Matera’s old townla città vecchia has a network of streets, tunnels and alleys that intertwine in such a beautiful and wonderful way that the city was declared a World Heritage Site by UNESCO in 1993. In the Sasso Caveoso area of the city you can find the original cave houses still intact, while in the Sasso Barisano you can visit the workshops of artisan craftsmen.

The Cathedralof the Madonna della Bruna and Sant’Eustachio is the Cathedral of Matera, dedicated to the Virgin Mary, the patron saint of the city, and to the Christian martyr Saint Eustace. With its impressive bell tower, Romanesque facade and a beautiful stained-glass window, the church is located on the highest point of the old city, between the two Sassi, the ancient districts of Matera.

Rupestrian churches One of Matera’s most unforgettable sights is its chiese rupestri or rock churches, that are full of ancient frescoes. In addition to several important ones located in the Sassi, there are another 150 in the Park of the Rock Churchesacross the Gravina stream. Dating back to the 12th century, the Chiesa di San Pietro Barisanois the largest among those located in the Sassi, its interiors completely carved out of the rock. St. Peter's is built over a cave complex that served as a repository for the dead. There are beautiful frescoes from the 15th century upon entering the church, representing several saints and the Annunciation. Other important rock churches include Santa Maria de Idrisand the Church of Santa Lucia alle Malve, which are located side by side in a highly spectacular spot on top of a rocky spur.The most famous is the former, also known as Madonna de Idris, a small church carved into the limestone cliff looming over the Sasso Caveoso. Inside, there is a single nave with frescoes that date back to the 12th century and are in very poor condition. Santa Lucia alle Malve dates back to the 8th century, when it was built adjacent to a monastery of Benedictine nuns. This rupestrian church has a number of 13th-century frescoes, including an unusual breastfeeding Madonna. 

Palombaro lungo Hidden beneath, Piazza Vittorio Veneto, Matera’s main square, is an enormous 16-metre deep underground water cistern called Palombaro Lungo that was dug in the 1800s and supplied the townspeople with water until the 1960s. Due to Matera’s location above a deep ravine beneath a steep hill that divided the territory into two areas, it was almost impossible for residents to obtain water from the stream below, especially during the summers when the water levels were lower than usual. So early dwellers learned to build a series of underground cisterns that would collect rainwater and subsequently provide a year-round water supply to residents. Palombaro Lungo was only rediscovered and excavated as recently as 1991.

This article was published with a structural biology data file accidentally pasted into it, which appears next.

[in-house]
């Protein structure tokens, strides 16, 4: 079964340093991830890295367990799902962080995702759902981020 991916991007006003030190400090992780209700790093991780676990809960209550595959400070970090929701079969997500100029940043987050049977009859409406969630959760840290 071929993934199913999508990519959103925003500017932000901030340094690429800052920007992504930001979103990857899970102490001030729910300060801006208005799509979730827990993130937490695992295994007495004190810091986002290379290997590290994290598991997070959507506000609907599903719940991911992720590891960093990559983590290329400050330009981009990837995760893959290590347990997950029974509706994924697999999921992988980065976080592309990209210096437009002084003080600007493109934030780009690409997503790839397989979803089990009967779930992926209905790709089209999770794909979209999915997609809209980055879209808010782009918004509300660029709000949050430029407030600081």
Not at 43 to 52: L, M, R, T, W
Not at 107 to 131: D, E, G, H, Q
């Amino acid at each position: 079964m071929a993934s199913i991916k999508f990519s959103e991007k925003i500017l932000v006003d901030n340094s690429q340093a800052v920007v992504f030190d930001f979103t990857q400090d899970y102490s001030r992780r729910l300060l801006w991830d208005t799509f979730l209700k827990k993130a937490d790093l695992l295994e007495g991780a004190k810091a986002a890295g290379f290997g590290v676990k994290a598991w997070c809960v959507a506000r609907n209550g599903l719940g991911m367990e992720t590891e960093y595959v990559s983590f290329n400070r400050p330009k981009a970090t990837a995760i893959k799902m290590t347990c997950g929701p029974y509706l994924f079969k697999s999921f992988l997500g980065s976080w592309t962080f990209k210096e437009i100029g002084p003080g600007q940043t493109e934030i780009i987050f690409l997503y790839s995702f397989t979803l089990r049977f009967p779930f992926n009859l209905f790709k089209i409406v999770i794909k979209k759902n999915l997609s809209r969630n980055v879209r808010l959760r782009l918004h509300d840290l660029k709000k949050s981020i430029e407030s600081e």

MuseumsMatera has several museums that are worth visiting, including the Archaeological Museum, with a collection of 4th- and 5th-century Greek vases, and the Museum of Medieval and Modern Art, housed inside Palazzo Lanfranchi. Amongst the permanent exhibitions, there is a selection of regional religious works from the 12th to the 18th centuries, along with some statues in wood, in polychrome stone and papier-mâché. There are also paintings by local mannerists, and a collection of works consisting of 199 paintings and a sculpture by writer and painter from Turin, Carlo Levi, owned by the Carlo Levi Cultural Foundation in Rome. This collection includes the famous mural "Lucania '61", the canvas that Carlo Levi painted to describe the Basilicata region and to honour his Lucanian friend, Rocco Scotellaro. This artwork represents the life of the poet Rocco Scotellaro in three fundamental moments: in the centre, adolescent Scotellaro; on the right, adult Scotellaro, in Piazza Tricarico; on the left, Scotellaro lies deceased in a cave, with a group of people afflicted by the loss. The scenes represent Lucanian everyday life in 1960, and many of them are directly inspired by photos by Mario Carbone. Also worth a visit, Musma, the Museum of Contemporary Sculpture, the biggest Italian museum dedicated to sculpture, with works by Cambellotti, Cascella, Consagra, Del Pezzo, Matta and others, housed in centuries-old caves below ground and in a 16th-century palace above.

View of MateraThe best view of Matera is from the Belvedere on top of the plateau across the Gravina, in the Parco Regionale della Murgia Materana.

In the footsteps of James Bond in Matera

For those interested in visiting the locations of the main chase scenes in the sequence filmed in Matera of “No Time To Die,” they are as follows: Via Gradoni del Duomo and Piazza Duomo where the motorcycle jump scene was filmed, whereas the car chase took place along Via Madonna Delle Virtù, a walled perimeter road that runs along the North East edge of the town with stone buildings on the West side and a steep drop to the Gravina ravine to the East, and Piazza San Giovanni Battista where Bond performs a series of doughnuts with the DB5 and manages to escape the bad guys from Spectre using the on-board machine guns and smoke machine.

Madeleine and Bond’s hotel room was constructed in the Piazzetta Pascoli area.
The cemetery was located
near the church of Madonna delle Vergini in Murgecchia close to the Belvedere facing the town.

Matera, Sasso Caveoso Photo credit: Wolfgang Achtner
Prehistoric dwellings on hillside across the “Gravina” Photo credit: Wolfgang Achtner